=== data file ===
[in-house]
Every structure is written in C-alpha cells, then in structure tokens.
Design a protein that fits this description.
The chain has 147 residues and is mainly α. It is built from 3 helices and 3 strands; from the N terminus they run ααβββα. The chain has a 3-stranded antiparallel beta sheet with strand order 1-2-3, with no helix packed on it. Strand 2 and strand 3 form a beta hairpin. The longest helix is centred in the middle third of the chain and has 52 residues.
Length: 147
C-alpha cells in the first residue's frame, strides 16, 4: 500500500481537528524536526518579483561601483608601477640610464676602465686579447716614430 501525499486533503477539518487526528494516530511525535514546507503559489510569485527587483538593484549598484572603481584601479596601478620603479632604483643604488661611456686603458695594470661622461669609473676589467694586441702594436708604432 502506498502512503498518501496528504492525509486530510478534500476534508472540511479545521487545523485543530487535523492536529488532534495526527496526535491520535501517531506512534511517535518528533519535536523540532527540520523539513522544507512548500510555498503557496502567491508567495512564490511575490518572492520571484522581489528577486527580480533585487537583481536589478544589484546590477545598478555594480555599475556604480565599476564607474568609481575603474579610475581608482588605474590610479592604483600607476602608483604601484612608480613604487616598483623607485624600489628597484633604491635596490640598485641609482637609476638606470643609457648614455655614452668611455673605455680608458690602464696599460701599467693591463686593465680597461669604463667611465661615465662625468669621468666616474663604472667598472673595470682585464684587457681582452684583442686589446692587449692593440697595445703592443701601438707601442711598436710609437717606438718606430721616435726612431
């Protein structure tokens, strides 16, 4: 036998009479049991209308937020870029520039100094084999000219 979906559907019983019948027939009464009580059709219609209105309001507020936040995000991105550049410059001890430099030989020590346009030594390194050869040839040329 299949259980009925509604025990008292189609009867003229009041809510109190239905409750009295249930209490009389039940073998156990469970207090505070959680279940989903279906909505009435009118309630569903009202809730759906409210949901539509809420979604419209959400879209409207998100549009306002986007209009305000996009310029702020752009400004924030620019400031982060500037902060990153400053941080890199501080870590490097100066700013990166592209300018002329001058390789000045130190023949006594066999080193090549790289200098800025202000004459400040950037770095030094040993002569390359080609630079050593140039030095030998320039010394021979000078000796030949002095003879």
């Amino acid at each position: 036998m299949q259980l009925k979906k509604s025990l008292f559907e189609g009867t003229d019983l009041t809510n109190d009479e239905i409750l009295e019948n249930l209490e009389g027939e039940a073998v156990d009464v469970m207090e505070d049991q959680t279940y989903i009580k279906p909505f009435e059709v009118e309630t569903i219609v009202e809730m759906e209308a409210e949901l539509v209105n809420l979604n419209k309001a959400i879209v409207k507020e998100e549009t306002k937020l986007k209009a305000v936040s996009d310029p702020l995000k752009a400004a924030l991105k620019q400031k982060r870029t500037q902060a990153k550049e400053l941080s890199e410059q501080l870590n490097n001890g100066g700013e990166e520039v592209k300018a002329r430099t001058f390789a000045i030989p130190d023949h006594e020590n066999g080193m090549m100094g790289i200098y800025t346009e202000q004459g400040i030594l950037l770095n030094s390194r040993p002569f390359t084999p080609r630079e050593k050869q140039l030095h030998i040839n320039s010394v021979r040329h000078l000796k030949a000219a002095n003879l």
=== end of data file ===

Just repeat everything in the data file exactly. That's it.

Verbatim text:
[in-house]
Every structure is written in C-alpha cells, then in structure tokens.
Design a protein that fits this description.
The chain has 147 residues and is mainly α. It is built from 3 helices and 3 strands; from the N terminus they run ααβββα. The chain has a 3-stranded antiparallel beta sheet with strand order 1-2-3, with no helix packed on it. Strand 2 and strand 3 form a beta hairpin. The longest helix is centred in the middle third of the chain and has 52 residues.
Length: 147
C-alpha cells in the first residue's frame, strides 16, 4: 500500500481537528524536526518579483561601483608601477640610464676602465686579447716614430 501525499486533503477539518487526528494516530511525535514546507503559489510569485527587483538593484549598484572603481584601479596601478620603479632604483643604488661611456686603458695594470661622461669609473676589467694586441702594436708604432 502506498502512503498518501496528504492525509486530510478534500476534508472540511479545521487545523485543530487535523492536529488532534495526527496526535491520535501517531506512534511517535518528533519535536523540532527540520523539513522544507512548500510555498503557496502567491508567495512564490511575490518572492520571484522581489528577486527580480533585487537583481536589478544589484546590477545598478555594480555599475556604480565599476564607474568609481575603474579610475581608482588605474590610479592604483600607476602608483604601484612608480613604487616598483623607485624600489628597484633604491635596490640598485641609482637609476638606470643609457648614455655614452668611455673605455680608458690602464696599460701599467693591463686593465680597461669604463667611465661615465662625468669621468666616474663604472667598472673595470682585464684587457681582452684583442686589446692587449692593440697595445703592443701601438707601442711598436710609437717606438718606430721616435726612431
């Protein structure tokens, strides 16, 4: 036998009479049991209308937020870029520039100094084999000219 979906559907019983019948027939009464009580059709219609209105309001507020936040995000991105550049410059001890430099030989020590346009030594390194050869040839040329 299949259980009925509604025990008292189609009867003229009041809510109190239905409750009295249930209490009389039940073998156990469970207090505070959680279940989903279906909505009435009118309630569903009202809730759906409210949901539509809420979604419209959400879209409207998100549009306002986007209009305000996009310029702020752009400004924030620019400031982060500037902060990153400053941080890199501080870590490097100066700013990166592209300018002329001058390789000045130190023949006594066999080193090549790289200098800025202000004459400040950037770095030094040993002569390359080609630079050593140039030095030998320039010394021979000078000796030949002095003879």
């Amino acid at each position: 036998m299949q259980l009925k979906k509604s025990l008292f559907e189609g009867t003229d019983l009041t809510n109190d009479e239905i409750l009295e019948n249930l209490e009389g027939e039940a073998v156990d009464v469970m207090e505070d049991q959680t279940y989903i009580k279906p909505f009435e059709v009118e309630t569903i219609v009202e809730m759906e209308a409210e949901l539509v209105n809420l979604n419209k309001a959400i879209v409207k507020e998100e549009t306002k937020l986007k209009a305000v936040s996009d310029p702020l995000k752009a400004a924030l991105k620019q400031k982060r870029t500037q902060a990153k550049e400053l941080s890199e410059q501080l870590n490097n001890g100066g700013e990166e520039v592209k300018a002329r430099t001058f390789a000045i030989p130190d023949h006594e020590n066999g080193m090549m100094g790289i200098y800025t346009e202000q004459g400040i030594l950037l770095n030094s390194r040993p002569f390359t084999p080609r630079e050593k050869q140039l030095h030998i040839n320039s010394v021979r040329h000078l000796k030949a000219a002095n003879l």